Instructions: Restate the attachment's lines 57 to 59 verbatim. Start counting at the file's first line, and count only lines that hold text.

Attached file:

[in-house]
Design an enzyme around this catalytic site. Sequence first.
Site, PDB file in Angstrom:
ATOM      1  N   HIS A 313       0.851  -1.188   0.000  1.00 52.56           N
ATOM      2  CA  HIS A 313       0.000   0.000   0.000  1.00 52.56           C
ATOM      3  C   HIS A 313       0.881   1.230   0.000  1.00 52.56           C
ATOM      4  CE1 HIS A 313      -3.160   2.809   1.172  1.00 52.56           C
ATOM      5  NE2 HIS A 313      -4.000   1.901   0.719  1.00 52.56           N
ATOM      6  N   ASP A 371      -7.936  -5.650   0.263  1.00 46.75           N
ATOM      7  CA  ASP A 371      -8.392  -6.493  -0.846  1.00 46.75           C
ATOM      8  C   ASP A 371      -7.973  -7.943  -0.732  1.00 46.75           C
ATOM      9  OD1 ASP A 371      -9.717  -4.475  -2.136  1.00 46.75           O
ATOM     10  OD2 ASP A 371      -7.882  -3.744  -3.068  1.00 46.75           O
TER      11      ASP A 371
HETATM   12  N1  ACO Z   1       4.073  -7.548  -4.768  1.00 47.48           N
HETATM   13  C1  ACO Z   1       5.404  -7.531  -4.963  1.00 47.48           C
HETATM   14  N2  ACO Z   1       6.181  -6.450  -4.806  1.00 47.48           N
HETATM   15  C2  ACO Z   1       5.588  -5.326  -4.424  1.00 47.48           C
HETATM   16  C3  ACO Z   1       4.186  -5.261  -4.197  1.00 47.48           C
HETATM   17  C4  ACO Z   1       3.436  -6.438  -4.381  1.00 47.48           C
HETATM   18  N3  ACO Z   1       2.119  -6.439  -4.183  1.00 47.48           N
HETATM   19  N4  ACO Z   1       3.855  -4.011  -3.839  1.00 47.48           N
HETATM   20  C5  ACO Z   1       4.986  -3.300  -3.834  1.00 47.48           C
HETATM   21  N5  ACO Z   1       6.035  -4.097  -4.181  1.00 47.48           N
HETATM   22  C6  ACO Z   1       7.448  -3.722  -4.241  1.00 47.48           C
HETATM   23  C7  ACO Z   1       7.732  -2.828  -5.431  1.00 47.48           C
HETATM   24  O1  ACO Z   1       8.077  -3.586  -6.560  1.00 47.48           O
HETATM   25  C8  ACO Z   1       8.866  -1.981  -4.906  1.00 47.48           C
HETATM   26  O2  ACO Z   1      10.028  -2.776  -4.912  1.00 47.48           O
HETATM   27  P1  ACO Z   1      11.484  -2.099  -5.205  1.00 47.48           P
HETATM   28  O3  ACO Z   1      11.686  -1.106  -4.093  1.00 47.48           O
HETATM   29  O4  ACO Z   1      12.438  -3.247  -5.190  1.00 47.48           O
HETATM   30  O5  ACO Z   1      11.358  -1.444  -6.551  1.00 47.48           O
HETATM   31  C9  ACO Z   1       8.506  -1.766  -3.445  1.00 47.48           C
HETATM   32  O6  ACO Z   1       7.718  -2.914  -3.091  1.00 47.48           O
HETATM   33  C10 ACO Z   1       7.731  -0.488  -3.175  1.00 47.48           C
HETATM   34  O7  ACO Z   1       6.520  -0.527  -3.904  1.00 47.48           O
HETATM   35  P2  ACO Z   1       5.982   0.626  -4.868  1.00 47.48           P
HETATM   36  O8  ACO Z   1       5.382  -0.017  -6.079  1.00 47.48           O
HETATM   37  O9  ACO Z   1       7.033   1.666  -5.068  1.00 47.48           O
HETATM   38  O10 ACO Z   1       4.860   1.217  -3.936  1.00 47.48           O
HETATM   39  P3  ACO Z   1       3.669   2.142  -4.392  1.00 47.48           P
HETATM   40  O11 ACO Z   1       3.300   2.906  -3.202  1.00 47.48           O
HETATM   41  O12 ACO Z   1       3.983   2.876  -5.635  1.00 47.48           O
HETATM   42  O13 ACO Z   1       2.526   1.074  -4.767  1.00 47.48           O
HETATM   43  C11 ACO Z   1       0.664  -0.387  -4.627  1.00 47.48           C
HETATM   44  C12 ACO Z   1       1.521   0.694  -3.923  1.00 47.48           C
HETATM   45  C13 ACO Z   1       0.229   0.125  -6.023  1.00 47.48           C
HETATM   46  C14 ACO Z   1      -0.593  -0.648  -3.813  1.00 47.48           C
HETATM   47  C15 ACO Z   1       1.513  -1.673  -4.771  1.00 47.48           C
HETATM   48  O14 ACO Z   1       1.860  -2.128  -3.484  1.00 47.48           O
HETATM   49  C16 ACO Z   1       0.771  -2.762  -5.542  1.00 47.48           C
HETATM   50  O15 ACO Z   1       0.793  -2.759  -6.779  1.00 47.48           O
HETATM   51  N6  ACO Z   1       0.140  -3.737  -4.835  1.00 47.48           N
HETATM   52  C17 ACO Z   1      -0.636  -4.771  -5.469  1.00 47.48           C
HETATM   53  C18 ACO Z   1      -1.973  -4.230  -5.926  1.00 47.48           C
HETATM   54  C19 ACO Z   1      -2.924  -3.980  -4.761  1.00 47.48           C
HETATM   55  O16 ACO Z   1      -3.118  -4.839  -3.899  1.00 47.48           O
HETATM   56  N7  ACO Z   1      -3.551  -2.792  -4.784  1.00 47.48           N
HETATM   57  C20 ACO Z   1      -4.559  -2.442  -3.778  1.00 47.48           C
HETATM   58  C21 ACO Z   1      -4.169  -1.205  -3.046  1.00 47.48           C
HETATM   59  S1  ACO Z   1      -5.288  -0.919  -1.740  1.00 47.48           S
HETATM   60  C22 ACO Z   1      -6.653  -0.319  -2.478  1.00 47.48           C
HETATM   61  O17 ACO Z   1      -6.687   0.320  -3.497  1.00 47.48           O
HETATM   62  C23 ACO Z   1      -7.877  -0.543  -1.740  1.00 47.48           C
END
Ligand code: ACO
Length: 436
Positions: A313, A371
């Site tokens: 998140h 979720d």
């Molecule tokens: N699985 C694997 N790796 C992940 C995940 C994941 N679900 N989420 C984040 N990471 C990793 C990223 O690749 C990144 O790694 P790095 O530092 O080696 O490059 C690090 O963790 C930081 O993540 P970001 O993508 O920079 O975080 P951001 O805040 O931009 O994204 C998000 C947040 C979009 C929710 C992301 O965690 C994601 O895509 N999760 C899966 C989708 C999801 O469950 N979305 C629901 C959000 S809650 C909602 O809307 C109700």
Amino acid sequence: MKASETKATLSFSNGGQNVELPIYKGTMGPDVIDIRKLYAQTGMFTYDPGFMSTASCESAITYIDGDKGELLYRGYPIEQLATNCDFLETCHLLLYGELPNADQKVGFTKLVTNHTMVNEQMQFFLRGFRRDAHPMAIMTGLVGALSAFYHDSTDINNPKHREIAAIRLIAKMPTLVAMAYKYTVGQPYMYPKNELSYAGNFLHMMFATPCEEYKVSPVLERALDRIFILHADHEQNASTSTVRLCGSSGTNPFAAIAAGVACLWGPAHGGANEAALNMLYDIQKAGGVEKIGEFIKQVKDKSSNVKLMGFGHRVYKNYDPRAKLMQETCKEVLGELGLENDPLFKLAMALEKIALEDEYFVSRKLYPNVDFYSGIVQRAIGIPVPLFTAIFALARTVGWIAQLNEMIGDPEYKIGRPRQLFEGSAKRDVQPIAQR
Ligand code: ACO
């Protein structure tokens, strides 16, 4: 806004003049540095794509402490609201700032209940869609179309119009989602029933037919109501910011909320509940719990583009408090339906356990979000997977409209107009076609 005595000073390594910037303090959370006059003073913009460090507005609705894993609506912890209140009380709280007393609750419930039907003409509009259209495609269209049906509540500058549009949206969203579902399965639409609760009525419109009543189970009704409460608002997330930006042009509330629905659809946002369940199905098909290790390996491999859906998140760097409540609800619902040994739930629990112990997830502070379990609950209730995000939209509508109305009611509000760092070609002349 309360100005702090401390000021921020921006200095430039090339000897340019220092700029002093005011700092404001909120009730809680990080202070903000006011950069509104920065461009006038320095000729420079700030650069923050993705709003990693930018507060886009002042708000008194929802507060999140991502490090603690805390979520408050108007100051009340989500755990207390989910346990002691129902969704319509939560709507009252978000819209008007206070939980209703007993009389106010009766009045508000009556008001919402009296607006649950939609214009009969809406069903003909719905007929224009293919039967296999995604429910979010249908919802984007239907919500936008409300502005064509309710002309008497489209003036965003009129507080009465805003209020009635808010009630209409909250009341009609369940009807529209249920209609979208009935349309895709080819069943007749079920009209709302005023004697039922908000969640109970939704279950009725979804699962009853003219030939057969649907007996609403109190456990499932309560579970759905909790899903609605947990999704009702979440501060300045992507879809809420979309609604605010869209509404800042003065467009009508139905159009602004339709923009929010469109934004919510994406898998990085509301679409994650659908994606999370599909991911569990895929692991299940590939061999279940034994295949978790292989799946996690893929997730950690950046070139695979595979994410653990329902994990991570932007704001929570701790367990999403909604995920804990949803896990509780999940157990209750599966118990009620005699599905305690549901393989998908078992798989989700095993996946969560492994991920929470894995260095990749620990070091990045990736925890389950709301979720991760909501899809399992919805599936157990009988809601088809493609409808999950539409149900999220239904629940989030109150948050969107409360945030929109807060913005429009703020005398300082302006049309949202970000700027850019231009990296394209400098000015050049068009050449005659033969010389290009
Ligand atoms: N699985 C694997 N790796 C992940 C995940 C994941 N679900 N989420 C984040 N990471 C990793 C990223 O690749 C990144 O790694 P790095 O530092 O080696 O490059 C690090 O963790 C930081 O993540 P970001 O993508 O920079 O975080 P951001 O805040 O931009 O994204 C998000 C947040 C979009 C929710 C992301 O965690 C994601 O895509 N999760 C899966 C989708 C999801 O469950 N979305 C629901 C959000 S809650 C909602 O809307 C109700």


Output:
HETATM   54  C19 ACO Z   1      -2.924  -3.980  -4.761  1.00 47.48           C
HETATM   55  O16 ACO Z   1      -3.118  -4.839  -3.899  1.00 47.48           O
HETATM   56  N7  ACO Z   1      -3.551  -2.792  -4.784  1.00 47.48           N